Lawyer for Vibriosis from Raw Oysters

Attorneys at Pritzker Hageman have won money for families whose loved ones died of vibriosis after eating raw oysters served at restaurants. Eric Hageman and his team of Vibrio food poisoning lawyers are among a small number of attorneys in the U.S. who have successfully represented clients in these cases. If you developed a Vibrio infection from raw oysters and would like a free consultation with our award-winning team, you can reach us by calling 1-888-377-8900, sending a text to 612-261-0856, or by completing the form below. There is no obligation and we don’t get paid unless we win.

We are not paid unless you win. Submitting this form does not create an attorney-client relationship.

Oysters on a plate

What is Vibriosis?

Vibriosis is a bacterial infection caused by ingesting shellfish that is contaminated with Vibrio, a waterborne bacteria. There are many species of Vibrio, which live in warm, coastal seawater, but the two most commonly associated with foodborne illness are Vibrio parahaemolyticus and Vibrio vulnificus.

Vibrio vulnificus causes severe illness and is the leading cause of death related to seafood consumption in the U.S.  About 20 percent of all Vibrio vulnificus infections are fatal. In cases where the infection migrates from the intestinal tract to the bloodstream, the fatality rate is around 65 percent. Whenever a foodborne illness results in a fatality, the family may have a wrongful death claim against a restaurant.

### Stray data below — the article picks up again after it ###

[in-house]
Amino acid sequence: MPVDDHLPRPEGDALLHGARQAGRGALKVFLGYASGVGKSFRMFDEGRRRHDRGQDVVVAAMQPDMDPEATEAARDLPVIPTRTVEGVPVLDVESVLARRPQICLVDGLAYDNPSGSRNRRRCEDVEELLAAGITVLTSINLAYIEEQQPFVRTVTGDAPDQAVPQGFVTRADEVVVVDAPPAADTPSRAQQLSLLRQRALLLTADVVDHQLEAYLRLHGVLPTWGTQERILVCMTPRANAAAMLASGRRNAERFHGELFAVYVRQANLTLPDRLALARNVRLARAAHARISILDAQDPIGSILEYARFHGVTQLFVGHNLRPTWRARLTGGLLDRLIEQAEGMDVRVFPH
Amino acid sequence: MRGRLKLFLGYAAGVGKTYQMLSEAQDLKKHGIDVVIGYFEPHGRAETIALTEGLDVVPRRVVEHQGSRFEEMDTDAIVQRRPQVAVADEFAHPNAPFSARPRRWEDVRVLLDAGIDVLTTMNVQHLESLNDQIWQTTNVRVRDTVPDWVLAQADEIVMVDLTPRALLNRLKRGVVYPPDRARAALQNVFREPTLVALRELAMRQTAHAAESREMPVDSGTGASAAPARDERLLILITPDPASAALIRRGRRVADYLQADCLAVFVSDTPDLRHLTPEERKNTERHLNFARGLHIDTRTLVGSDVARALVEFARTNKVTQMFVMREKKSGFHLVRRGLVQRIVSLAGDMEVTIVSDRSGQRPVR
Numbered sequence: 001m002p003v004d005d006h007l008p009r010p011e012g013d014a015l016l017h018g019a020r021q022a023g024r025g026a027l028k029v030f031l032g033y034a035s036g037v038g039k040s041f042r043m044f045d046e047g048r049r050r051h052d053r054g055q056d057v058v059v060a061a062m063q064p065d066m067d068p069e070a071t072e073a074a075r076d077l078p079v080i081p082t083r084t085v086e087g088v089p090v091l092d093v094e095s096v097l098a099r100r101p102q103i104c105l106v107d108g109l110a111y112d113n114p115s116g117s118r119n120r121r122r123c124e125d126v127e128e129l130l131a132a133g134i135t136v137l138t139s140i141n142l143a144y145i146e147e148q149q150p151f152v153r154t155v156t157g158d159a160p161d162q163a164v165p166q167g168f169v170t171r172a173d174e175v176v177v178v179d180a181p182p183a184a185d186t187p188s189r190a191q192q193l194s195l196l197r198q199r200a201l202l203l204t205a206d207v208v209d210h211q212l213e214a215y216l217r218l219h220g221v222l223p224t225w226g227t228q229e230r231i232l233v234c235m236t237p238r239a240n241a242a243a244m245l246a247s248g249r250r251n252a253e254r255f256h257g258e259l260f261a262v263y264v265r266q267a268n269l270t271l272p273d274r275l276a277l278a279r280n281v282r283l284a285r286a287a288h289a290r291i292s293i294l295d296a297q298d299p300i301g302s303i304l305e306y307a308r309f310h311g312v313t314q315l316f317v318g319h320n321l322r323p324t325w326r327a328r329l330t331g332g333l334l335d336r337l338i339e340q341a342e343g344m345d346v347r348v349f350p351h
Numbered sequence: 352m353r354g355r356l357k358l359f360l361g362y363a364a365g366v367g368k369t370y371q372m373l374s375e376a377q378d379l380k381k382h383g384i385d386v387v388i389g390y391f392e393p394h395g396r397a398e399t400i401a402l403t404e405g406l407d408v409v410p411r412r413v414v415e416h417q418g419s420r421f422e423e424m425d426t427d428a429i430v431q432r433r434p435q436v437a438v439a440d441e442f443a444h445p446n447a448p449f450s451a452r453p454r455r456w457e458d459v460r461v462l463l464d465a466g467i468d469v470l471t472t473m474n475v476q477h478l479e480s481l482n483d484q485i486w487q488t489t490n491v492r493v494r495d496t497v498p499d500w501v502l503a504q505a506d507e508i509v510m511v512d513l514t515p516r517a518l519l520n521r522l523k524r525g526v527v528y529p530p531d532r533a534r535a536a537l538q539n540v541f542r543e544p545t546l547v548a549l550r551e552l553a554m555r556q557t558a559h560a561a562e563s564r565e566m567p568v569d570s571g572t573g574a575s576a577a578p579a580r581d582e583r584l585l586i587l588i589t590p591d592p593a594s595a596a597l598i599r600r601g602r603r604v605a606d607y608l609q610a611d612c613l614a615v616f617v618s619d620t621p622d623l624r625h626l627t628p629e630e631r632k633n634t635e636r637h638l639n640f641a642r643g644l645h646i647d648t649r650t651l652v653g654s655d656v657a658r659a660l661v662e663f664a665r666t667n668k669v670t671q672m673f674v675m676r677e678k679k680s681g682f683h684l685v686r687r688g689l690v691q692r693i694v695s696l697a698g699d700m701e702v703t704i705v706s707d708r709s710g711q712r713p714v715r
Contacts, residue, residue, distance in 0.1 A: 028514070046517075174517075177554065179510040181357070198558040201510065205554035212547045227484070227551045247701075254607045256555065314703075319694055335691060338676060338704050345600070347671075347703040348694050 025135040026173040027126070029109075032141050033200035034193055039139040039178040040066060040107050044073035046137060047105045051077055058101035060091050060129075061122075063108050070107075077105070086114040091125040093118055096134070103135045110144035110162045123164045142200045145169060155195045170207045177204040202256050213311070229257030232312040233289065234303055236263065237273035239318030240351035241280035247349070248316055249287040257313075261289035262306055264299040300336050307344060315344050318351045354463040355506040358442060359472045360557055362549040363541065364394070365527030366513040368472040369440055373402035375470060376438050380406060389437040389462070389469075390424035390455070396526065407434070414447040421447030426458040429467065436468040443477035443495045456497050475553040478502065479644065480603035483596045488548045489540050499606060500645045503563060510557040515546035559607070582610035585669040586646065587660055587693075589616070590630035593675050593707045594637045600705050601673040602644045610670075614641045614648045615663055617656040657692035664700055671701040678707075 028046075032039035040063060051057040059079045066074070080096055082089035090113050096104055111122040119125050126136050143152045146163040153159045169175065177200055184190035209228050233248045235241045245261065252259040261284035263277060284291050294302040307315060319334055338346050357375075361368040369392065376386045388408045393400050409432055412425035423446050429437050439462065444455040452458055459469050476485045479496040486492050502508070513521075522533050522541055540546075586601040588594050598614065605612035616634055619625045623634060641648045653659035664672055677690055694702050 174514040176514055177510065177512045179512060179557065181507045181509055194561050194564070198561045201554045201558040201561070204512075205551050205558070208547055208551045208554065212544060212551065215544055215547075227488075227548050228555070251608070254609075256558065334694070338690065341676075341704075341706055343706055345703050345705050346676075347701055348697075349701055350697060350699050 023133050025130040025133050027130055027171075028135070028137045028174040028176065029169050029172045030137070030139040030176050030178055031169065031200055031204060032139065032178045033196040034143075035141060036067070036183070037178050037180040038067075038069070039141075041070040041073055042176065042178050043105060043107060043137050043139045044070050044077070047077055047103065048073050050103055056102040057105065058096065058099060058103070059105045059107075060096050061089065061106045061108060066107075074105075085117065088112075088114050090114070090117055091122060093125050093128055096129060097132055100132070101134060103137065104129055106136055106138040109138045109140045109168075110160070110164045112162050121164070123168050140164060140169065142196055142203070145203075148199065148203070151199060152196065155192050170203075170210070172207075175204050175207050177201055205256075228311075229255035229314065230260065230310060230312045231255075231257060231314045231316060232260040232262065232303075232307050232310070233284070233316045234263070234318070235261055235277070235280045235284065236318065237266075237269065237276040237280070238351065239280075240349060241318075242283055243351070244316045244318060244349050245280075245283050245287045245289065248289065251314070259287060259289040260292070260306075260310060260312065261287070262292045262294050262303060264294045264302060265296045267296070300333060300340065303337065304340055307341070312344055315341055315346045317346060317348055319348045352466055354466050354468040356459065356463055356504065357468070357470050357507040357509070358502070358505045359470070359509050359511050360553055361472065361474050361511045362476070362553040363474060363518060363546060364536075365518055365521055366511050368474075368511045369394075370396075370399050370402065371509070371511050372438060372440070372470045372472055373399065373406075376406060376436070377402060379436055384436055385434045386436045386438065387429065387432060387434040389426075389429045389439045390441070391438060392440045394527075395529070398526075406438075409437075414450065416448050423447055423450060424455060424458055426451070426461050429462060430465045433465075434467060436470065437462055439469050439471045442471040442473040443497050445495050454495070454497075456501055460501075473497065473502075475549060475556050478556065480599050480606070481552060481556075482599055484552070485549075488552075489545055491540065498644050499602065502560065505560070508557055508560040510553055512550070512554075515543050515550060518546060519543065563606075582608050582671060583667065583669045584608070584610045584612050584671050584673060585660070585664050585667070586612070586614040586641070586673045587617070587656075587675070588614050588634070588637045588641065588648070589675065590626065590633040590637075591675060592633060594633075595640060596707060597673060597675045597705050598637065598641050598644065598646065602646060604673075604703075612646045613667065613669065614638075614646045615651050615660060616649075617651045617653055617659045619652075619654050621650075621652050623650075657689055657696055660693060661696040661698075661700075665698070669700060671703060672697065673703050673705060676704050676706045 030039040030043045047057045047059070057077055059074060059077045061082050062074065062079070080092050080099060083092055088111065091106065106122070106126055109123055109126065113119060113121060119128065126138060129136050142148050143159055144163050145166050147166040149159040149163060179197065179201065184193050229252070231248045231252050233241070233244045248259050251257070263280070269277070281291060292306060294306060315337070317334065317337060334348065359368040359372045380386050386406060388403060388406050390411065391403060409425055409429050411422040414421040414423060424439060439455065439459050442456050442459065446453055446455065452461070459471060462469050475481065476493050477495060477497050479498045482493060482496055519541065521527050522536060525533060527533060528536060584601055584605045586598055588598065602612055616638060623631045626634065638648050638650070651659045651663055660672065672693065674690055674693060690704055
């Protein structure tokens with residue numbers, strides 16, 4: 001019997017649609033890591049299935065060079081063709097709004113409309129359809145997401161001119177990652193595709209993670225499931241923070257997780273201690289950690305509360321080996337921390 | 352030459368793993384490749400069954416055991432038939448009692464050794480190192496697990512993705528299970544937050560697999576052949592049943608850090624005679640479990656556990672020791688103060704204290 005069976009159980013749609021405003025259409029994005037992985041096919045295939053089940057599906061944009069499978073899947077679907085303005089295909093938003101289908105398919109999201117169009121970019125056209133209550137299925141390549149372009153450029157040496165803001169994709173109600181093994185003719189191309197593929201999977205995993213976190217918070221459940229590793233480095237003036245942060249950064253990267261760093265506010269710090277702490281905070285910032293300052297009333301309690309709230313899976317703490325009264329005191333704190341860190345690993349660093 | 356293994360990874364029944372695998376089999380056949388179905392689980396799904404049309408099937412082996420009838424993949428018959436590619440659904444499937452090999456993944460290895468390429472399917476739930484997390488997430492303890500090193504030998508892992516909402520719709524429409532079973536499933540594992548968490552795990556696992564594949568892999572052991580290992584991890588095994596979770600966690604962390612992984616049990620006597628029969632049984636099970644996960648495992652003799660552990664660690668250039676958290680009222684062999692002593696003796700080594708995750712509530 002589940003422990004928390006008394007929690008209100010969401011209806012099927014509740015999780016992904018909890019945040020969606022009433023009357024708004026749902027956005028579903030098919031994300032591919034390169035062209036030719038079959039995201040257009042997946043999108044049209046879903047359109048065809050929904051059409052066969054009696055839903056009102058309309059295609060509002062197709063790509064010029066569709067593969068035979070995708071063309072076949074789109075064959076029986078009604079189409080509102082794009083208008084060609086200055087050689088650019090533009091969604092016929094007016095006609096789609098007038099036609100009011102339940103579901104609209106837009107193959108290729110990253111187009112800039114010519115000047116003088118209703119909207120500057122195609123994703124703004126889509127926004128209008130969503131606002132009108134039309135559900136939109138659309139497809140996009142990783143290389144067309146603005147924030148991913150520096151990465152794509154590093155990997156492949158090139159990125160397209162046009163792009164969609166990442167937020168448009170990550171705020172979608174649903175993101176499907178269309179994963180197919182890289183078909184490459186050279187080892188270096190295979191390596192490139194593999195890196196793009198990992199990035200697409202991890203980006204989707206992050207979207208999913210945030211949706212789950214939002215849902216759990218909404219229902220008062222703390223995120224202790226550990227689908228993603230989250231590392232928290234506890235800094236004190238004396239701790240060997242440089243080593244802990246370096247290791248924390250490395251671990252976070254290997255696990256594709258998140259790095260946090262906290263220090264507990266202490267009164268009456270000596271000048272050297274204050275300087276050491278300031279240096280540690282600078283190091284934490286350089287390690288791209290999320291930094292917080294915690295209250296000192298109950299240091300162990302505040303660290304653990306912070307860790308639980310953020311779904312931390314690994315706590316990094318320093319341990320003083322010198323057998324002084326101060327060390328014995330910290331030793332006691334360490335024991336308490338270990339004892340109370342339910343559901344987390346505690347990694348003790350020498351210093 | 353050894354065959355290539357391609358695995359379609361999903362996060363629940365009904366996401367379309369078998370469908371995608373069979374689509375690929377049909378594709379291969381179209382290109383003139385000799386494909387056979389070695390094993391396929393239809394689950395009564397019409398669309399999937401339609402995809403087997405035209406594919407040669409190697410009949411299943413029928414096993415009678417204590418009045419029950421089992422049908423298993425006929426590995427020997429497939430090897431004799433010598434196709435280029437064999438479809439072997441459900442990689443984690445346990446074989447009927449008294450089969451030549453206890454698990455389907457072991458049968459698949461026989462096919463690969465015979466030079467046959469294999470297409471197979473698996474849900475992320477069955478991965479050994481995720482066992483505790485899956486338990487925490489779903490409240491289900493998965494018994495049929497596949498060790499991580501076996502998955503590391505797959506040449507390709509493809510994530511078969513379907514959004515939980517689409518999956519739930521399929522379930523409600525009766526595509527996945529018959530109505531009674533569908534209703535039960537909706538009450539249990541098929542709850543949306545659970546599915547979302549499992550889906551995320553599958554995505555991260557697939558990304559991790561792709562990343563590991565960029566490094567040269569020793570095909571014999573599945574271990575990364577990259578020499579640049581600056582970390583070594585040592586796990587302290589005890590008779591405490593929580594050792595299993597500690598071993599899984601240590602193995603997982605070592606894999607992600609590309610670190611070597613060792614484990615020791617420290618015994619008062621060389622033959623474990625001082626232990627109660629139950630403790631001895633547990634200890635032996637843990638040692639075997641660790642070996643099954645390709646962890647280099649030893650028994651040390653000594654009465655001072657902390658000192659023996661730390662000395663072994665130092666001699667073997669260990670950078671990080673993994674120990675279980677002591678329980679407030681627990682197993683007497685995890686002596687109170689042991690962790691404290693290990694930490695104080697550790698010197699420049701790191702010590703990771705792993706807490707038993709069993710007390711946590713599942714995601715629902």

Although any shellfish can become contaminated with Vibrio, oysters are most commonly associated with these infections. Most of our cases are linked to raw oysters served at an oyster bar or restaurant. In most instances, there was no recall.

What are the Symptoms of Vibriosis?

Symptoms of vibriosis include diarrhea that is sometimes bloody, abdominal cramping, nausea, vomiting, fever and chills. These symptoms usually develop one to three days after eating the contaminated seafood and last about 72 hours. People with weakened immune systems, cancer, or liver disease are at elevated risk of developing severe infections.

Treatment of vibriosis typically includes antibiotics and supportive care. In severe cases, where a blood infection (septicemia) occurs, symptoms include fever, chills, nausea, decreased blood pressure (septic shock), and blistering skin lesions. These infections must be treated in a hospital setting.